Another thing that's been troubling me is which chart library to use. I have tested both Dojo and FusionCharts.
Even though Dojo charting widget is FOSS and uses SVG, it's quite rudimentary in my opinion, and lacks in looks (poor chart design) and functionalities (no pie charts, no hyperlinks on series, no values over columns, ...). It works fine with the existing functionalities though.

As for FusionCharts, it looked like the perfect thing... while it worked. I played around with it for some days with no problems. Then is stopped rendering charts inside OpenMRS pages. Some days later worked fine again, then stopped rendering again, with no apparent reason. I've spent endless hours around this, clearing every possible cached files, reverting source files, redeploying, even reinstalled Tomcat, but no luck. It just works randomly (other more rational suggestions are welcome:P). The demo for the commercial version seems to have a more stable behavior, but the problem remains. If the cause of this isn't found, the FusionCharts alternative will have to be abandoned...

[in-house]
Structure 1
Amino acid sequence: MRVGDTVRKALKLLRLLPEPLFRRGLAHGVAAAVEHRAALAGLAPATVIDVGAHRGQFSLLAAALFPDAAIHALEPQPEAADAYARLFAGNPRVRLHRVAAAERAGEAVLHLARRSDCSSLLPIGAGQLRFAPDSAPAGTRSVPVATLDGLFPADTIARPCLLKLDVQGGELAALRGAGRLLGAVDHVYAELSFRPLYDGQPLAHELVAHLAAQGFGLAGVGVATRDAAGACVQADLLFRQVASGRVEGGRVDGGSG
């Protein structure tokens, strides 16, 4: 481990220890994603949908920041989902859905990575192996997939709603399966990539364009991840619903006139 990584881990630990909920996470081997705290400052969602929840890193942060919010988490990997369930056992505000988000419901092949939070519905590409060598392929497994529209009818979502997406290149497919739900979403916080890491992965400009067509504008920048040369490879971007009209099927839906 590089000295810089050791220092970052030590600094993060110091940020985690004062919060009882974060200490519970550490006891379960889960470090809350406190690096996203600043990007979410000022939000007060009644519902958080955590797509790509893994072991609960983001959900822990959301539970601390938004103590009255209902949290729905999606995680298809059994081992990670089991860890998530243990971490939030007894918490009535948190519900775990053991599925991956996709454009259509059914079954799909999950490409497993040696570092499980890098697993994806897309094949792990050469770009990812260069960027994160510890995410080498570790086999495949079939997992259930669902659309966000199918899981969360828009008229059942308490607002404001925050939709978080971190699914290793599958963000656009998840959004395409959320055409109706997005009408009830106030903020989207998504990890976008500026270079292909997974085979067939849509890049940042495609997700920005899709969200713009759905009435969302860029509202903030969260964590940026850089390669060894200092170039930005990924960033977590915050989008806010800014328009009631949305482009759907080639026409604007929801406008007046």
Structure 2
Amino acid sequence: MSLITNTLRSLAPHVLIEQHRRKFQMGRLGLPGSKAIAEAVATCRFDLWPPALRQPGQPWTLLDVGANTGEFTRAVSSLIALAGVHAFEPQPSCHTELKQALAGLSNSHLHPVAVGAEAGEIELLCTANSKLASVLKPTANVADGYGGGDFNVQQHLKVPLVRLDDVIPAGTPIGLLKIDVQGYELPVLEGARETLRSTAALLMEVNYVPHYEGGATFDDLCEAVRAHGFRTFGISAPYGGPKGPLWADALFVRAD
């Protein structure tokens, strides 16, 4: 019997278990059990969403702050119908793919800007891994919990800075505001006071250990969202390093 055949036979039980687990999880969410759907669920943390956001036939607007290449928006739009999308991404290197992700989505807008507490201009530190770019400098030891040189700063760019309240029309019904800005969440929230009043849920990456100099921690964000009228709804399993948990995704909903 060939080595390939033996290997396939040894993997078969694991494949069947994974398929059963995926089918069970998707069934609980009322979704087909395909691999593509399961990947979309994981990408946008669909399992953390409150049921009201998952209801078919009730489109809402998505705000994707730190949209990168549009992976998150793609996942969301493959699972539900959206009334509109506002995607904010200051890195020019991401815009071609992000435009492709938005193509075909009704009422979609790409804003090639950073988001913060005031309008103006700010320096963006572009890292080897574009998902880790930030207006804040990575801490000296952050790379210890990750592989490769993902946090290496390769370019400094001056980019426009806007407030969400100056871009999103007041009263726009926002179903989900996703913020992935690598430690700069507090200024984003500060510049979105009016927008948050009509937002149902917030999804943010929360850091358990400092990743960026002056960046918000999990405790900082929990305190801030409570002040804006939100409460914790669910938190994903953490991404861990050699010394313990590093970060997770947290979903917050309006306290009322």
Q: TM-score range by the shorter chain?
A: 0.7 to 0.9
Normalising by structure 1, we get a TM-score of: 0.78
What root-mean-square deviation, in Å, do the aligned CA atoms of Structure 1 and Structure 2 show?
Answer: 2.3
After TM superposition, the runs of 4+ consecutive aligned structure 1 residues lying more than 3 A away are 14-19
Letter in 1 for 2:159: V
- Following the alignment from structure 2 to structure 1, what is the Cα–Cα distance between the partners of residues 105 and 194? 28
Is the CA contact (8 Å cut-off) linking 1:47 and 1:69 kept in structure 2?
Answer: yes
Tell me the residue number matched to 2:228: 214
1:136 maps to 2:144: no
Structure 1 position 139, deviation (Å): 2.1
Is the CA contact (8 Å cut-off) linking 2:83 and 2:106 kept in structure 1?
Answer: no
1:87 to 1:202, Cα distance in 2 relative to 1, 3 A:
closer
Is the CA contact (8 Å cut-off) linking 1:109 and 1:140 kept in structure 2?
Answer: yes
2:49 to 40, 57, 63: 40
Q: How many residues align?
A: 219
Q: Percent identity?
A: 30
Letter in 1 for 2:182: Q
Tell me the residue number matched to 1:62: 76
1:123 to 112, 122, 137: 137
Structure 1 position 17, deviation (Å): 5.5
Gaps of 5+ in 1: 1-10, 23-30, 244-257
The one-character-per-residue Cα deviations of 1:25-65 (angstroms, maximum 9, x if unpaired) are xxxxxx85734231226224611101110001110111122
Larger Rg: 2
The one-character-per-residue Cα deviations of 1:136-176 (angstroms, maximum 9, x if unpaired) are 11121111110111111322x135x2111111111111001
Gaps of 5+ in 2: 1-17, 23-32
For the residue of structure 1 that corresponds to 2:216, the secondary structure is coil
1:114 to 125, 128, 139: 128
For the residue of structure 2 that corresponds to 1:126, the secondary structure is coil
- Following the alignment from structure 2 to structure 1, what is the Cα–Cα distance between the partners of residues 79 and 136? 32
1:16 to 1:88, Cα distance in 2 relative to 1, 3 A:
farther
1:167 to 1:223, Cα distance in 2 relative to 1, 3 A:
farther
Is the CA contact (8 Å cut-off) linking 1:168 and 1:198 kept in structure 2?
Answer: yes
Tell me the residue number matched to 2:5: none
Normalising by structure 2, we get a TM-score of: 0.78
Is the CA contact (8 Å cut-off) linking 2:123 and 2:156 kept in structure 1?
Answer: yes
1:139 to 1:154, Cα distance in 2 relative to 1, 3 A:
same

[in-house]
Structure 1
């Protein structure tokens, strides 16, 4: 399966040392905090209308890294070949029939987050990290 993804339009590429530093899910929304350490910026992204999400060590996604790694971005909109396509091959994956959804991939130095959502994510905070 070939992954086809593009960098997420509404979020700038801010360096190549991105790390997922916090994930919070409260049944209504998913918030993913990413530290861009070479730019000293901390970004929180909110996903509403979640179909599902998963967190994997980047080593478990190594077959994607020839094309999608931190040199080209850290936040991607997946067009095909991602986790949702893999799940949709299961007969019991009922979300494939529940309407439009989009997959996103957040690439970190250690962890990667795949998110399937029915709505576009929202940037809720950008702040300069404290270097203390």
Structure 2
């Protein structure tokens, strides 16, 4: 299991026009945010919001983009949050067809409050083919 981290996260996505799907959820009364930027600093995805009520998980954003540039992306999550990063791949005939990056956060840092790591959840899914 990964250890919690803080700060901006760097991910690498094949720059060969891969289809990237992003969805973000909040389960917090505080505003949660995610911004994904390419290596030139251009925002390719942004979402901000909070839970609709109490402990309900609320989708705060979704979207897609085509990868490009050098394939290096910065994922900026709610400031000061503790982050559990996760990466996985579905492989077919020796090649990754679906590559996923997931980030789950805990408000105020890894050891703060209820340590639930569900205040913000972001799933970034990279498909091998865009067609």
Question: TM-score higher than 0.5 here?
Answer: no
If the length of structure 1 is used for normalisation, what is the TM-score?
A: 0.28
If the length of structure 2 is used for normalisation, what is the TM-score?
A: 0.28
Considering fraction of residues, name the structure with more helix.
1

There is another worthwhile option: Open Flash Charts. I heard about them before from Sashikanth (a fellow SoCcer), but since they use PHP libraries I thought it would be hard to implement. However, when I looked into the source code today, I realized it should be fairly easy to translate it to Javascript, and this is worth a try.

So the current TODO list is:
  • Define which service to use to deliver charts to JSP pages, move the existing code into it, clean it up and evolve from it.
  • Check out Open Flash Charts, possibly translate into Javascript and try it (ping Sash about his progress with this)
  • Improve performance of Gender & Age chart, and start working on the other relevant charts.

Tuesday, May 29, 2007

About the Cohort Definition Tool

As promised, some details about the project...

My original application was for the Clinical Data Visualization Tool, but a slight re-allocation happened and I'll be working with the Cohort Definition Tool.

First of all, the defining the term Cohort is important. At least for me it was, since I wasn't familiar with it. According to the trustful Wikipedia:

"In statistics and demography, a cohort is a group of subjects — most often humans from a given population — defined by experiencing an event (typically birth) in a particular time span. (...)"

Even though this is a very general definition, it's quite applicable to this context. Medically speaking, and particularly in OpenMRS, a cohort is a set of patients with common characteristics. These can be very diverse, from gender, age, types of drugs taken, etc... After defining a cohort, one should be able to act on that set of patients as appropriate, e.g. scheduling an encounter for all male subjects with CD4 count<350.